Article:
For the most part the future is what we chose to make of it. People can set around and whine about problems or people can get up and do something about it. Unfortunately, when it comes to energy resources and usage we seem to have become a nation that 'calls the fire department after the house has burnt to the ground' rather that think and plan ahead. All of the alternatives cost usually money and personal sacrifices in priorities and changes in daily life. You can either grow with these changes or complain about what you do not have.

(I now step down from the soap box.)
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  #4  
Old 10-22-2005, 03:23 PM
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The only real downside is the temperature issue. To keep running in the cold, I still have to blend with petroleum (kerosene).
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  #5  
Old 10-22-2005, 05:34 PM
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To me it's very simple. Here you have a low emissions, renewable fuel which fits beautifully with existing vehicle design and retail fueling infrastructure. Also it can be made such that it is an entirely domestic product. That really ought to be enough for anybody to at least take a serious look into it. Now when I say that I shoudl also mention that 7 or 8 months ago I had no idea about BD. As soon as I learned about the potential for running diesels on renewable fuels I set about shopping for one. I got my diesel about two months ago.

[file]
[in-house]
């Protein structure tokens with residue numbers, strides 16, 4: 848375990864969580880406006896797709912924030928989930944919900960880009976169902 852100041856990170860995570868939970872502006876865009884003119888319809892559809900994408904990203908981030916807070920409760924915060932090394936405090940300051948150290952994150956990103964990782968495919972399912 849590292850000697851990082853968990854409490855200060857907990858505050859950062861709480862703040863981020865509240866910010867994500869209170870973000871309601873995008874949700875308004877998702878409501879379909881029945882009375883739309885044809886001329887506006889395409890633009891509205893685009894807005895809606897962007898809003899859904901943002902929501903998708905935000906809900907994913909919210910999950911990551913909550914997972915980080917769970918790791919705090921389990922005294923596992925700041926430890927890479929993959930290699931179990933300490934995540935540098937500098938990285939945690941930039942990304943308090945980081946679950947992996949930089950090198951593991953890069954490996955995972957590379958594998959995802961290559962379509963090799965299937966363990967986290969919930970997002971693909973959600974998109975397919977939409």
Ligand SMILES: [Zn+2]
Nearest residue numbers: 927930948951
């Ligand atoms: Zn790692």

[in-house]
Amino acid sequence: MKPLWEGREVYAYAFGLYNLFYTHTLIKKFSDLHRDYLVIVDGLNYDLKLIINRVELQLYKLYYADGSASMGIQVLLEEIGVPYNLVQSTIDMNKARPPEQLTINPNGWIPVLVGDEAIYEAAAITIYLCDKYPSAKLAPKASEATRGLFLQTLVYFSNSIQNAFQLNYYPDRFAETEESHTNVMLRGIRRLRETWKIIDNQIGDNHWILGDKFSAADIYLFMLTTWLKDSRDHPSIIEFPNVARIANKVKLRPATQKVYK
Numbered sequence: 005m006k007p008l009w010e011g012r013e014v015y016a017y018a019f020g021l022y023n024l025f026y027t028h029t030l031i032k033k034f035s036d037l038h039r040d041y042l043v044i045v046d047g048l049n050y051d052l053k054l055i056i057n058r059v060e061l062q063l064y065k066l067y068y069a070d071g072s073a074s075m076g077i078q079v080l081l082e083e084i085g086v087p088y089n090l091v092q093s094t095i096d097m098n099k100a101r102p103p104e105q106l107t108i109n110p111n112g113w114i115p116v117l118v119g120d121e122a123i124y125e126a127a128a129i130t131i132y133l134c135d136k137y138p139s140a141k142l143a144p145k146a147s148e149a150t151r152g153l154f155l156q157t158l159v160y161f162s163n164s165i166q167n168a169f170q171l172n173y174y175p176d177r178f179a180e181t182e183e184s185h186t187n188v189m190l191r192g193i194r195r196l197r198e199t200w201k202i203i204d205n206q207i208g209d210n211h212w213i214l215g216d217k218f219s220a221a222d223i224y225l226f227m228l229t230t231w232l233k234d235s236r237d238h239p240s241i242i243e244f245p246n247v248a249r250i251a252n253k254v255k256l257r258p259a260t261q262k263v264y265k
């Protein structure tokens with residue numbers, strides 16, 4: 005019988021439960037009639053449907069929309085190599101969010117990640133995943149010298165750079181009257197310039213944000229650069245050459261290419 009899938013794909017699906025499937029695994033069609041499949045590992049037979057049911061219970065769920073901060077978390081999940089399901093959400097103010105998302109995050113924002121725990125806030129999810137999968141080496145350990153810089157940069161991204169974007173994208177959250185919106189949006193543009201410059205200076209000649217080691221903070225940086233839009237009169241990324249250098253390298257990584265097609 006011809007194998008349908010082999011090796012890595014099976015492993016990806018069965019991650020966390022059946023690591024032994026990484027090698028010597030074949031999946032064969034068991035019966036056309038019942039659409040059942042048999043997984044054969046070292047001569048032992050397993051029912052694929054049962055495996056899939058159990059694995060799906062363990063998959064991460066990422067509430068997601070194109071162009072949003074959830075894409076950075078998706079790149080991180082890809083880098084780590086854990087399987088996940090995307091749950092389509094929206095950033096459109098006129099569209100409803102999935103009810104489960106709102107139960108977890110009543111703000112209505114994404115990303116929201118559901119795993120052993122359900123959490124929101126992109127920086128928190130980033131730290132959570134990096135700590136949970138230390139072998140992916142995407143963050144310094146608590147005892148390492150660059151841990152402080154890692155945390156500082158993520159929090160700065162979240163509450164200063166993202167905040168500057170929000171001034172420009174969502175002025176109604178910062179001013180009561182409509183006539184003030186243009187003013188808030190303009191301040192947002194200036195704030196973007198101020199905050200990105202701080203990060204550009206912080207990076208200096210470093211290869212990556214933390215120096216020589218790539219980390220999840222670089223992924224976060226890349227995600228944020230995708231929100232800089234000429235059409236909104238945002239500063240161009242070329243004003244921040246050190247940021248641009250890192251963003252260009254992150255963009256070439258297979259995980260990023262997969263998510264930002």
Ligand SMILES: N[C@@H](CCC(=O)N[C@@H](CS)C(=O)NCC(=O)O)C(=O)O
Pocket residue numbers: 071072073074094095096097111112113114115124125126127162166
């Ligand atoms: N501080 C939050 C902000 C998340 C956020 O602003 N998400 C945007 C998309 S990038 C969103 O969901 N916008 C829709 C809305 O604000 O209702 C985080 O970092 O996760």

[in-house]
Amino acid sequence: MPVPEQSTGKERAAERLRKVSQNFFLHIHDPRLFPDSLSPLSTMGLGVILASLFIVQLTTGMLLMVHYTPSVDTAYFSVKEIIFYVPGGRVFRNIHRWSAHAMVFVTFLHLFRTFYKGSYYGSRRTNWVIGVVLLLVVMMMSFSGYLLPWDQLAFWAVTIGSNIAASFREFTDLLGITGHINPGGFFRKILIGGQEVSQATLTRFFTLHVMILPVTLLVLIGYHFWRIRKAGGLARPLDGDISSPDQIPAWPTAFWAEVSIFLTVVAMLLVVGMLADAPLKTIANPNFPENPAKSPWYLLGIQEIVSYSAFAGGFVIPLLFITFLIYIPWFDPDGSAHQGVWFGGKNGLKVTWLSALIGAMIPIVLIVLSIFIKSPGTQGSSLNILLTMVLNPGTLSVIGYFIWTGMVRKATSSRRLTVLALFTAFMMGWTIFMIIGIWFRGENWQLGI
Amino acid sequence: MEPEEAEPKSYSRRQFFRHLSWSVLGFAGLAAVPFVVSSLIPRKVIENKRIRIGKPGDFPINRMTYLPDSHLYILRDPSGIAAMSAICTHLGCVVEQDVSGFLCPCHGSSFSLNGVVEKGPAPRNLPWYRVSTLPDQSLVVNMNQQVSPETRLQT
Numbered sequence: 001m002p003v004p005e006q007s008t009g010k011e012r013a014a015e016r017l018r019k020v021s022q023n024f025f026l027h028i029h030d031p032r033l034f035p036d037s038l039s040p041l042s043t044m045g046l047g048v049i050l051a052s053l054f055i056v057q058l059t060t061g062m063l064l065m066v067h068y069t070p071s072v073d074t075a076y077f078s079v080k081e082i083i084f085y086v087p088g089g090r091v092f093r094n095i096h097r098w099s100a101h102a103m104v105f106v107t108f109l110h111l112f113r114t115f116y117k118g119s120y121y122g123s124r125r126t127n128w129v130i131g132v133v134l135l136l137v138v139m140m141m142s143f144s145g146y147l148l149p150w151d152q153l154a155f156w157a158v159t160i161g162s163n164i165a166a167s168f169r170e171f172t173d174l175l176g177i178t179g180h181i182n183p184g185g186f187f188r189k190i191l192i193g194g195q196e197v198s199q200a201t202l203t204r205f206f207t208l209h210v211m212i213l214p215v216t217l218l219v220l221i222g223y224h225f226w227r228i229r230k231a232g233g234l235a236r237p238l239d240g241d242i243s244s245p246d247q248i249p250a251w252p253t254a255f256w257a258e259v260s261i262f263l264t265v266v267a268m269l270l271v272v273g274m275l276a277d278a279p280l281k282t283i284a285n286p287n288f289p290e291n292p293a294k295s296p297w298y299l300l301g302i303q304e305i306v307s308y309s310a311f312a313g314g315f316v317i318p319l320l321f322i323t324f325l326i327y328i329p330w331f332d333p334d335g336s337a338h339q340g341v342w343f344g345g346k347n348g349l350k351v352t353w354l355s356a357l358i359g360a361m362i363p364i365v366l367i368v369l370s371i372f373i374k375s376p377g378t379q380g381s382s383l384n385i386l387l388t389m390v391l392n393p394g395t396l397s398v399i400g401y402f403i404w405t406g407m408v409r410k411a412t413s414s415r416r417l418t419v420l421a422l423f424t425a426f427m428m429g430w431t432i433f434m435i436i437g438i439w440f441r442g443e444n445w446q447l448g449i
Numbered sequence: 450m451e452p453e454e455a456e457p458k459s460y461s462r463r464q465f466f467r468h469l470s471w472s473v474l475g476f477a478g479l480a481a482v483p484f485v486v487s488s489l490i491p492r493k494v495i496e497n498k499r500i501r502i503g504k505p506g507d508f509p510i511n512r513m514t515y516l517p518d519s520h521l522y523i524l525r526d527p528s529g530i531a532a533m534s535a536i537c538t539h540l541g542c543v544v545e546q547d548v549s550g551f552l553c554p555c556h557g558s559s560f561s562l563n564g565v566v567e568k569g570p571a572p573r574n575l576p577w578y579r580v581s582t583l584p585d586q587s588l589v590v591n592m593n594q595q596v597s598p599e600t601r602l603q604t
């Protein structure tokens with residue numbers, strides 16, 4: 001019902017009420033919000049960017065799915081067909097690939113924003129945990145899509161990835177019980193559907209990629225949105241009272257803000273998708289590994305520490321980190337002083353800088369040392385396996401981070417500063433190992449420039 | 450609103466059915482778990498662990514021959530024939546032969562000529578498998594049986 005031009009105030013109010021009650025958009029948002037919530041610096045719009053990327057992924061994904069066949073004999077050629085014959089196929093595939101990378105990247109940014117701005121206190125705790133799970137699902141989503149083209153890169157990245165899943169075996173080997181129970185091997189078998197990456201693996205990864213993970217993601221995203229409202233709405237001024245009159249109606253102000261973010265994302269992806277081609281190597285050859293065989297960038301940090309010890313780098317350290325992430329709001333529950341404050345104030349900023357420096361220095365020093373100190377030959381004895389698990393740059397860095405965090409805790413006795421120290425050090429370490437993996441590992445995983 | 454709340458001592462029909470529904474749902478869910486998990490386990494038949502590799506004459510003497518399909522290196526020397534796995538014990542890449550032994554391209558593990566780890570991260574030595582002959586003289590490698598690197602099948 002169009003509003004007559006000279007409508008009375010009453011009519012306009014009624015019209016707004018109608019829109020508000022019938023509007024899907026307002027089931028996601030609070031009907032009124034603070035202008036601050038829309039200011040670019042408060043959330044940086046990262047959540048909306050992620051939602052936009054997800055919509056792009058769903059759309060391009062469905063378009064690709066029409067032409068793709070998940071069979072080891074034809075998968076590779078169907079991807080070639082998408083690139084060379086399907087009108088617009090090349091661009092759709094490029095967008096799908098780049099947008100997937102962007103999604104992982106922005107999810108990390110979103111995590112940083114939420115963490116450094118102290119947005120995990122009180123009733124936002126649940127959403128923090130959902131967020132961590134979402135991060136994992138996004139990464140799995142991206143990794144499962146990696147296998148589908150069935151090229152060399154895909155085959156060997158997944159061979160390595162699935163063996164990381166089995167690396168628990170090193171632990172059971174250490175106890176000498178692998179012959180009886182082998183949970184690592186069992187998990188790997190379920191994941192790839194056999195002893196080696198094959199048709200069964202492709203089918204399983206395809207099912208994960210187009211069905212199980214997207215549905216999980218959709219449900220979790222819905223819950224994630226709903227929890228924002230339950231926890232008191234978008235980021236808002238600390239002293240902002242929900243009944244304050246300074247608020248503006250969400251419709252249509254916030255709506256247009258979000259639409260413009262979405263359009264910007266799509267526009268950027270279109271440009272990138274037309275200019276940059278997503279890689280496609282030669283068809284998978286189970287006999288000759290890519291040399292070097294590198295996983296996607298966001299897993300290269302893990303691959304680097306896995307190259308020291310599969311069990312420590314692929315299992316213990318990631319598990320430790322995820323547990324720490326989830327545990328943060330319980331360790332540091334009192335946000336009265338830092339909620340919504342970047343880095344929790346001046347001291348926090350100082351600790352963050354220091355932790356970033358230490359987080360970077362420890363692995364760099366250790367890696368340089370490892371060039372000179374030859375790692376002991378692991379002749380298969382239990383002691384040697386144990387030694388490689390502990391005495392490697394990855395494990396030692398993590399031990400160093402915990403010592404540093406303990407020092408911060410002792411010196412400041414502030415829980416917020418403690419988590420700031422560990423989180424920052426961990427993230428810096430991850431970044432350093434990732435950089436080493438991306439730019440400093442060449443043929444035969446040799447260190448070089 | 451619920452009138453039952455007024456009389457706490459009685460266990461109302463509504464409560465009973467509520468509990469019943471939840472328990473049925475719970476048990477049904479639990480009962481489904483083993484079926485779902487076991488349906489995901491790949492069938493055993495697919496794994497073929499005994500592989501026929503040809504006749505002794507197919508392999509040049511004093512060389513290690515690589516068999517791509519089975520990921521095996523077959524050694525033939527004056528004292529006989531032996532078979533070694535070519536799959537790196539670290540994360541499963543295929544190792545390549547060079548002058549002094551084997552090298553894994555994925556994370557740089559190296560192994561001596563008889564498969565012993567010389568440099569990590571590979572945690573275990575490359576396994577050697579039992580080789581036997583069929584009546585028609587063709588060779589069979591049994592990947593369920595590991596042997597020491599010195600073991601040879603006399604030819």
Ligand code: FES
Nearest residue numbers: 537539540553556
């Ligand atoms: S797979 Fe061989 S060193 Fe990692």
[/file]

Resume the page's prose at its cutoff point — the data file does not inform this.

This idea that there isn't enough farmland to power every car on the road today is the kind of thing that may be true but is also very shortsighted IMHO. First of all we get a little over half of our oil from foreign sources. If all you could do is cut that amount in half you shoudl be looking at it. Plus, think about hte way an industry develops..... some people get into ti, then some institutions get into it, it grows, and at a certain point becomes a substantial industry. At that point (when there starts to be enough of a market that there is a lot of money to be made) people begin to really innovate. Then you see gains in economic efficiency and performance you would not have imagined before. People are already talking about getting the base oil from algae much more efficiently than you can from, say, soybeans. It doesn't take very many leaps forward like that before it becomes cheap and abundant in addition to the other things it already has going for it.